In an edited interview in ComputerWorld, Microsoft’s senior director of online services, Tom Rizzo, offered a scathing view of Google’s enterprise efforts, saying that, “Google doesn’t understand the commercial business,” and that the Mountain View search giant is “failing” in the enterprise sector.
“I would say that the results have not shown that they’re successful in the space. We’ve had customers who’ve gone to Google and have come back to Microsoft,” Rizzo was quoted as saying, adding that, “Well, folks like Google, since they’re trying to sell you ads, will scan your data and they keep your data.” Not only did Rizzo bash Google’s service-level-agreement (SLA), he also said Google’s:
Rizzo also chided Google about the company’s offline support for the enterprise, saying:
They also killed offline support. They said offline isn’t important because you’ll always be connected to the cloud. We’re big believers that not everyone has a high-speed Internet connection. Maybe they do in Mountain View [where Google’s headquarters are located], but everywhere else offline is critical in any real business context. Google killed offline and didn’t even tell customers until they did it.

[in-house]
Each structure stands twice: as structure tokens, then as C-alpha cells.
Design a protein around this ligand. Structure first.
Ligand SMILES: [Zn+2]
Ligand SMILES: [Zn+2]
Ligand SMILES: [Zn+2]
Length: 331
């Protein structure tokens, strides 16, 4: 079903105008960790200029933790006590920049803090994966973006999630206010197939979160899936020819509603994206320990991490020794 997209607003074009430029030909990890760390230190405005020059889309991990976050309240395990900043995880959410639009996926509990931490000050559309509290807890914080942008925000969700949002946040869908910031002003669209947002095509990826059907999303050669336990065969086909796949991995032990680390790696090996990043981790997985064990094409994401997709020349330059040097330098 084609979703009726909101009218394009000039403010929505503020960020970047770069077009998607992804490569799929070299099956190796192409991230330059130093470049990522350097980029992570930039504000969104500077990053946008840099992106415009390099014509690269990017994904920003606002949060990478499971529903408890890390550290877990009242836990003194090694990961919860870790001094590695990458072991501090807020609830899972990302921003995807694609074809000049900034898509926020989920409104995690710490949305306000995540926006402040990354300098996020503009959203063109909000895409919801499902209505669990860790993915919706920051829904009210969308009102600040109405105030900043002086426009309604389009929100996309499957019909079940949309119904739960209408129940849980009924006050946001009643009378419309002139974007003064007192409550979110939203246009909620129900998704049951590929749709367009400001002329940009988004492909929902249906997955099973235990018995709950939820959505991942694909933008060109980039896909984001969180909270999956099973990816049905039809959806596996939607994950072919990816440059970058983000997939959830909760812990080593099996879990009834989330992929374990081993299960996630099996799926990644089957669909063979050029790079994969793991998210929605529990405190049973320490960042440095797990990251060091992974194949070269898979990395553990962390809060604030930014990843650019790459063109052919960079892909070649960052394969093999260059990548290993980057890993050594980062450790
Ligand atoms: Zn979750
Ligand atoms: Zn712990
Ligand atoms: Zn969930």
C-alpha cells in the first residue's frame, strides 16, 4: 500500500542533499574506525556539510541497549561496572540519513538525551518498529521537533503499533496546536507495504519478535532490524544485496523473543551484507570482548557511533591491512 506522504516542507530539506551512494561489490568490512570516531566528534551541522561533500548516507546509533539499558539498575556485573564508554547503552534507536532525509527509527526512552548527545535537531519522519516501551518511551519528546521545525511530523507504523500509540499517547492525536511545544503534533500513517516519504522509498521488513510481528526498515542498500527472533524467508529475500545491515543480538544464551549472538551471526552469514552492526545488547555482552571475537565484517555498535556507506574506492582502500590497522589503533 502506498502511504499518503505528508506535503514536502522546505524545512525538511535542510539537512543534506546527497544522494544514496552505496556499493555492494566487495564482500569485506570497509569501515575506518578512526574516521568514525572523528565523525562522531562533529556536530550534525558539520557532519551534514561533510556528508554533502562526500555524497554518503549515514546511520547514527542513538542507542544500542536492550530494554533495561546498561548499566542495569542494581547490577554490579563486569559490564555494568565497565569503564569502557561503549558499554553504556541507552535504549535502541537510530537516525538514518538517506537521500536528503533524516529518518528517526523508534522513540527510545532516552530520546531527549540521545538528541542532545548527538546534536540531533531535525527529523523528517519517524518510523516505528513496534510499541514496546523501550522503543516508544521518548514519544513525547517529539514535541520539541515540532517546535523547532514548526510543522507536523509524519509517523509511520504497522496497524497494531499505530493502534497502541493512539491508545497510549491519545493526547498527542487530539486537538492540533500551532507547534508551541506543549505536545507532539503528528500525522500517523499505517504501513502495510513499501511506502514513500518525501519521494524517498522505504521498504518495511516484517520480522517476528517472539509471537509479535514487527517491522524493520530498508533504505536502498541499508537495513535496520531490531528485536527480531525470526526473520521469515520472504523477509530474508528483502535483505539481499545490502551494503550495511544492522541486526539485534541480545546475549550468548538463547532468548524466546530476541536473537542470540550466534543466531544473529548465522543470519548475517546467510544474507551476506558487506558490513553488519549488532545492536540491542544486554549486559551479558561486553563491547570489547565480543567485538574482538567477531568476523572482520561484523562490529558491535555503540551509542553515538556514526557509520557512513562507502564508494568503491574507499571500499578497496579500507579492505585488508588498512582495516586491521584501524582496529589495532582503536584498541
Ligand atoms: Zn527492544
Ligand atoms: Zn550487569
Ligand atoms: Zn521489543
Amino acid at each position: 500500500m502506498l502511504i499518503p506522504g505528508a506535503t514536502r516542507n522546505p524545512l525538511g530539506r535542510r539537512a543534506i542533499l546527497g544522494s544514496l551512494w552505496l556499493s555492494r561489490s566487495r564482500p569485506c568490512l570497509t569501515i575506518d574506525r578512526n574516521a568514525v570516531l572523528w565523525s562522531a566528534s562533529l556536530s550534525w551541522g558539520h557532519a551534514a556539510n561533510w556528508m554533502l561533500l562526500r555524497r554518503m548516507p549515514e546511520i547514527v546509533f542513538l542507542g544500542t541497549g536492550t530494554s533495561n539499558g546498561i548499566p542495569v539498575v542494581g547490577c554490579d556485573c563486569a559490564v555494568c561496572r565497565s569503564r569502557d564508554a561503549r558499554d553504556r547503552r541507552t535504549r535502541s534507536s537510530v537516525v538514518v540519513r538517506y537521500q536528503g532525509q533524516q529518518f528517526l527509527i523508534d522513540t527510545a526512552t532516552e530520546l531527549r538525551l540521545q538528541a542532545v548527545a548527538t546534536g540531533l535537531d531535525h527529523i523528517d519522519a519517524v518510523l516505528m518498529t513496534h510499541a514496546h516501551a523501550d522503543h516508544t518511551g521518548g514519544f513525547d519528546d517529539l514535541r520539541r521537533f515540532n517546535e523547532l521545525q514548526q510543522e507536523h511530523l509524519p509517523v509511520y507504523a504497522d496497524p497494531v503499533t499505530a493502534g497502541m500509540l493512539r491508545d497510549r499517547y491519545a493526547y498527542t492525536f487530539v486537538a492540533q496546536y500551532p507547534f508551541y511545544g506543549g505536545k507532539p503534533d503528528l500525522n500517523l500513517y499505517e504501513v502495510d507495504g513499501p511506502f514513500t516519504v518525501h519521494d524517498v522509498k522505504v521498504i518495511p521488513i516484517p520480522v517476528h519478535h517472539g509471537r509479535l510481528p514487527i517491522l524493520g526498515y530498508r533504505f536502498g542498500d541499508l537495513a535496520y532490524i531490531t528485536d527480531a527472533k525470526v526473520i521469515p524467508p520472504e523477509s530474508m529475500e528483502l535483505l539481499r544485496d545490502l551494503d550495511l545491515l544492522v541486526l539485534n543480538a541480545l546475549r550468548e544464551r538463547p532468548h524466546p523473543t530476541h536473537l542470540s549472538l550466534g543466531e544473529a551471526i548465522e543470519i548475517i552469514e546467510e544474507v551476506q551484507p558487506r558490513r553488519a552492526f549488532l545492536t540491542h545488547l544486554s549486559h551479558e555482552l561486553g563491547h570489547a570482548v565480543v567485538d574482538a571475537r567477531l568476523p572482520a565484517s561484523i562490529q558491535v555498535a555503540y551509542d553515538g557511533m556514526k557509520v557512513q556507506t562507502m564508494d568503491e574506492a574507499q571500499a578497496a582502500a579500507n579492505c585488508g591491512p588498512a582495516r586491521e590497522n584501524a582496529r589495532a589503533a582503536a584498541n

However, his strongest statement might have been this:
It should go without saying – but we’ll say it anyway – Microsoft is in long-term rivalry with Google, and that Rizzo’s views should be read as such. We’ve reached out to Google for comment and will either update or write a follow up post when we hear back. Google has been pushing its Google Apps platform very hard lately (and with a lot of improvements), commissioned a study on the ROI of switching to its platform, and is of course getting closer to launching its Chrome OS, which it recently stated it feels could easily become the OS of choice for 60% of businesses (that’s a very ‘optimistic’ in our opinion, however).
For Microsoft’s part, it is continuing to push its Office 365 Beta, with Rizzo said in the interview is being adopted by “over 2,000 organizations” per day, and which is on target “to ship in 2011”.
So what do you think, is Google “failing” in the enterprise, or is it just getting started?